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Isaac Asimov, Radio Shack Pitchman

“I’ll never learn how to use it." Isaac Asimov wrote the prediction in his diary in May 1981, the same month Radio Shack delivered a Tandy TRS-80 Model II microcomputer to his 33rd story apartment in New York City. The various boxes sat, unopened, until a Radio Shack employee arrived a week later to set up the equipment in the corner of Asimov’s living room.

Turning it on would mark two important milestones in the 61-year-old author’s life: It would end his exclusive use of a typewriter, and it would lead to Asimov’s face becoming a familiar sight to more than 30 million Americans browsing the latest and greatest products in Radio Shack's catalogs.

The race to dominate the burgeoning personal computer market in the early 1980s forced hardware and software manufacturers to address consumer technophobia with familiar faces: talk show host Dick Cavett shilled for IBM; Alan Alda spoke for Atari in a deal said to be worth $10 million; Bruce Jenner endorsed Activision. Of Roger Moore being seen in ads for Spectravideo PCs, company spokesman Bob Griffin said, “Because he’s playing James Bond, he has universal association with high tech.”

Radio Shack, the then-popular electronics chain and a subsidiary of Tandy, flinched at playing the celebrity game, avoiding recognizable personalities in television ads. They could afford to take a more conservative approach: The TRS-80 was the best-selling personal computer of 1980, moving more than 200,000 units.

The following year, however, would be a crucial one for the company. New models of the TRS-80 were due, including budget entries, a color-screen version, and a pocket-sized model. Coincidentally, they had recently loaned well-known “futurist” Asimov one of their high-end Model II units (priced at $3499) so the author could write a story on the new wave of word processing software for Byte magazine.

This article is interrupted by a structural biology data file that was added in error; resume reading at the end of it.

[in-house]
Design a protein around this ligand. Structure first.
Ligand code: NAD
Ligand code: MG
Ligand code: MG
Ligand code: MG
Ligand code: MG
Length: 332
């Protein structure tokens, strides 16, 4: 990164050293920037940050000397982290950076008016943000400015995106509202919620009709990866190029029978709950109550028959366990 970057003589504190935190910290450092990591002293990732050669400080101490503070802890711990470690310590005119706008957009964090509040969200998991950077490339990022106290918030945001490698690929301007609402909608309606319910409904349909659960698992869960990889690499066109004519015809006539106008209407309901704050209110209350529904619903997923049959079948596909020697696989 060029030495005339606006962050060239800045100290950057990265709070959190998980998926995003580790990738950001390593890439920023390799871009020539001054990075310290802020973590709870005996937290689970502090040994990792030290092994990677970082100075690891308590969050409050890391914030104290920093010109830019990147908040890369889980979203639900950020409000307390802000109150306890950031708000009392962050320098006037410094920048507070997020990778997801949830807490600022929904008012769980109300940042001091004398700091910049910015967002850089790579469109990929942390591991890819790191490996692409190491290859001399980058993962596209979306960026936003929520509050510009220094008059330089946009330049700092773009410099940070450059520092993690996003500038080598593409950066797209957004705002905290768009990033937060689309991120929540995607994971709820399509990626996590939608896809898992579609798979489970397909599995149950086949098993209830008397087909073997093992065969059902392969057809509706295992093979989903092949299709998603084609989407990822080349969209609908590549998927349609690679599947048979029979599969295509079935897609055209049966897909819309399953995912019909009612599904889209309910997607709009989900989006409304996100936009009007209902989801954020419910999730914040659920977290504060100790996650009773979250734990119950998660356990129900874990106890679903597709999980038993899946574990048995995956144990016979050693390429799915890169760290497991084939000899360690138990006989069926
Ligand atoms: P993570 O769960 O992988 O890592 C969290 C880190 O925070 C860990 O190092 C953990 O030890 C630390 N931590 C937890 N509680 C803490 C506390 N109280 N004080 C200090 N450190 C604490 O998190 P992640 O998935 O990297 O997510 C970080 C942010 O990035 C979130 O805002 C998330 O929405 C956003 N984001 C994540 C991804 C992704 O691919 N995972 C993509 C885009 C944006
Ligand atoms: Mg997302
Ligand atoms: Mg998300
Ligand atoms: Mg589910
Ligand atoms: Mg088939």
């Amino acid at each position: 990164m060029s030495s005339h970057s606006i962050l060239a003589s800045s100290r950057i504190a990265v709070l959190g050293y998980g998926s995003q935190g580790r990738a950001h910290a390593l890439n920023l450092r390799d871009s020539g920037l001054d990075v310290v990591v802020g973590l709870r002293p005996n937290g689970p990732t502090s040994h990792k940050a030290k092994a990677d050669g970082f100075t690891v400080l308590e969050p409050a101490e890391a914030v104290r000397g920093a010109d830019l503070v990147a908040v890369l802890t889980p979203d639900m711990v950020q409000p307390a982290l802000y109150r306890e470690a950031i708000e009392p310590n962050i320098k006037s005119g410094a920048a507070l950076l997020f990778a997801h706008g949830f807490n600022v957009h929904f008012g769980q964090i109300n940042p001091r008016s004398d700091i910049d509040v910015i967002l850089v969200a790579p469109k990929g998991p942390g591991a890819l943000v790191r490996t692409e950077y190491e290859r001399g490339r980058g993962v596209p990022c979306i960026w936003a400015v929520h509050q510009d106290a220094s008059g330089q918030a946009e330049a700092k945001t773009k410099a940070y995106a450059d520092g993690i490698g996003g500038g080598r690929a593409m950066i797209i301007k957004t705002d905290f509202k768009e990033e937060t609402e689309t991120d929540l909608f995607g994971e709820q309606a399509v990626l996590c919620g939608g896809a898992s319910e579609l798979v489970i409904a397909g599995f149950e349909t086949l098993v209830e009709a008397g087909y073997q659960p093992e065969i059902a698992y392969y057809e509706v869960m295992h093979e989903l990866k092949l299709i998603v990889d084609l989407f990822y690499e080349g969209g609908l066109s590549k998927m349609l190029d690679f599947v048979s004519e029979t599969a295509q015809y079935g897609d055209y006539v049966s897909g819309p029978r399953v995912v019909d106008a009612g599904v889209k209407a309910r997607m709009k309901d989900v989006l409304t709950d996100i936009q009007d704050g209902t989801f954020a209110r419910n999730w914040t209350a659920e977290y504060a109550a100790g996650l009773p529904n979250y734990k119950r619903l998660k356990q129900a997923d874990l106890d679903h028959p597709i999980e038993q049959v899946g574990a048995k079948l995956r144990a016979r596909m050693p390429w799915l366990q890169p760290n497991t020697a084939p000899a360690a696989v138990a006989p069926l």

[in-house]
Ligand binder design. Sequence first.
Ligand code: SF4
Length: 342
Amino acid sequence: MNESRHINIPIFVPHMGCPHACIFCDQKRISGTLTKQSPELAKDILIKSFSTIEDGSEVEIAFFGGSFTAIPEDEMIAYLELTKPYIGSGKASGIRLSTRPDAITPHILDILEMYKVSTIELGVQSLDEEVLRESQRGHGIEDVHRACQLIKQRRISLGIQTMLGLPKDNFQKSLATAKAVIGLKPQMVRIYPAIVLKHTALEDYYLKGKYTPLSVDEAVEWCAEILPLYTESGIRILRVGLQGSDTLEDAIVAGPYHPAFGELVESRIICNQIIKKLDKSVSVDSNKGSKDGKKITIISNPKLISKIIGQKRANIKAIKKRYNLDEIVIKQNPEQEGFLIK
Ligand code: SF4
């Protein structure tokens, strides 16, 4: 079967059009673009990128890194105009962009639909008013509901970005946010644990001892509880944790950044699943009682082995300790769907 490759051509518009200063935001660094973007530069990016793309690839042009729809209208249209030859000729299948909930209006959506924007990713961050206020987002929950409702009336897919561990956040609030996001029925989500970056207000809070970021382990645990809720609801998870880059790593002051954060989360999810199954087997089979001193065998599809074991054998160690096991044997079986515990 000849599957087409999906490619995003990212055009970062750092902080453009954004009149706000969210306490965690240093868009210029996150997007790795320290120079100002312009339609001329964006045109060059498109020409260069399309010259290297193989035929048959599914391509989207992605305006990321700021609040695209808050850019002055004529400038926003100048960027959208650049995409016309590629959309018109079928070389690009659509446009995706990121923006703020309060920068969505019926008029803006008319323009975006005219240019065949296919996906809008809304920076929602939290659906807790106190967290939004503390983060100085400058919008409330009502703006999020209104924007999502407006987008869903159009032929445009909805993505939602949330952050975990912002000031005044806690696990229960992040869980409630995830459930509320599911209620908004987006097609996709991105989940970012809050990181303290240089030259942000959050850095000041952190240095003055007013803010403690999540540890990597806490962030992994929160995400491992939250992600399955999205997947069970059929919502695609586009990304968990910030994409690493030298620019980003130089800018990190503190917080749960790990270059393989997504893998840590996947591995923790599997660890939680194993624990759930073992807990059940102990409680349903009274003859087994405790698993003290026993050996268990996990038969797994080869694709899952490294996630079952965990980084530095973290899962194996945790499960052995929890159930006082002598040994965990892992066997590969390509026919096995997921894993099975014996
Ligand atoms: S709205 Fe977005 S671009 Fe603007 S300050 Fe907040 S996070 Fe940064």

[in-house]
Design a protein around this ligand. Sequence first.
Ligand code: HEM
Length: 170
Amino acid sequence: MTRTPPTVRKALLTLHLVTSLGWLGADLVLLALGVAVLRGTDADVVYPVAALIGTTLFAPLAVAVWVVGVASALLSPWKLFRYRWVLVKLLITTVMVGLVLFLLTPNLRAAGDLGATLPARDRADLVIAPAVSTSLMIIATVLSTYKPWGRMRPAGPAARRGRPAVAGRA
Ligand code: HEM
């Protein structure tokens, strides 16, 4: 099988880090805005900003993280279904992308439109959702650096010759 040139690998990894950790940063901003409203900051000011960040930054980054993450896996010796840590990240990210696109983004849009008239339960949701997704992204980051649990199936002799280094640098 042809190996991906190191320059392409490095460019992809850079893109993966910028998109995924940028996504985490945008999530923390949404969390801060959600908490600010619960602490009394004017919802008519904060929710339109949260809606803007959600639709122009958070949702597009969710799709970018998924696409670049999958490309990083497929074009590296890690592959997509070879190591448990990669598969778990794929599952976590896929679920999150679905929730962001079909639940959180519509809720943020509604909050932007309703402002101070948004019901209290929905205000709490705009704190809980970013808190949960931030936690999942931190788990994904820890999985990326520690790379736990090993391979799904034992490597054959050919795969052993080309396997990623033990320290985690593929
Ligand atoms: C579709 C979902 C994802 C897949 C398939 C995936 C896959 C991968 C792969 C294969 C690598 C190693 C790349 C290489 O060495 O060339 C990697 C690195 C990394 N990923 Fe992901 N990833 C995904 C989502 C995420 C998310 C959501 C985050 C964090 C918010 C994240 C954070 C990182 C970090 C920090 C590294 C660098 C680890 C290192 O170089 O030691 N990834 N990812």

Asimov later wrote that he resolved his wariness over adopting a new way of working because he had a personal tutor: The Radio Shack employee who followed up with the equipment delivery taught him about the unit, its pinwheel printer, and the Scripsit word processing software. By the end of 1981, he was adept enough at it to agree to endorse Tandy’s products in an “open-ended” contract. He claimed their pocket PC closely resembled the technology he had written about in his 1951 work, Foundation.

Fearing something might go awry, Asimov never actually replaced his manual typewriter: He still used it for first drafts of novels, and would re-type subsequent drafts into Scripsit, which he also used for correspondence and short pieces. Asimov was also in the habit of printing out virtually everything he wrote on the TRS, suspicious the 5.25-inch floppy disks might not be a reliable storage method.

He reserved most of his enthusiasm for the TRS-80 over correcting typos, having developed a tendency to mix up "seep," "seem," and "seen," and cursing the fact he often accidentally typed “t4he” into many manuscripts. In The Roving Mind, he wrote:

Staring at a page of type on the television screen, I find myself eagerly looking for typos so that I can have the fun of changing them. Bang goes the “F1” and the “u” and the “F2” and “cold” suddenly becomes “could” and no sign exists it was ever anything else….Then I have it printed – br-r-rp, br-r-rp, br-r-rp – and as each perfect page is formed, my heart swells with pride.

Radio Shack mailed out more than 30 million product catalogs in those days, with Asimov garnering the most responses of any of their pitchmen. (The company also used Incredible Hulk star Bill Bixby.) Before his tenure was up in the mid-1980s, Asimov even extended his mutton-chopped profile to their stereo equipment.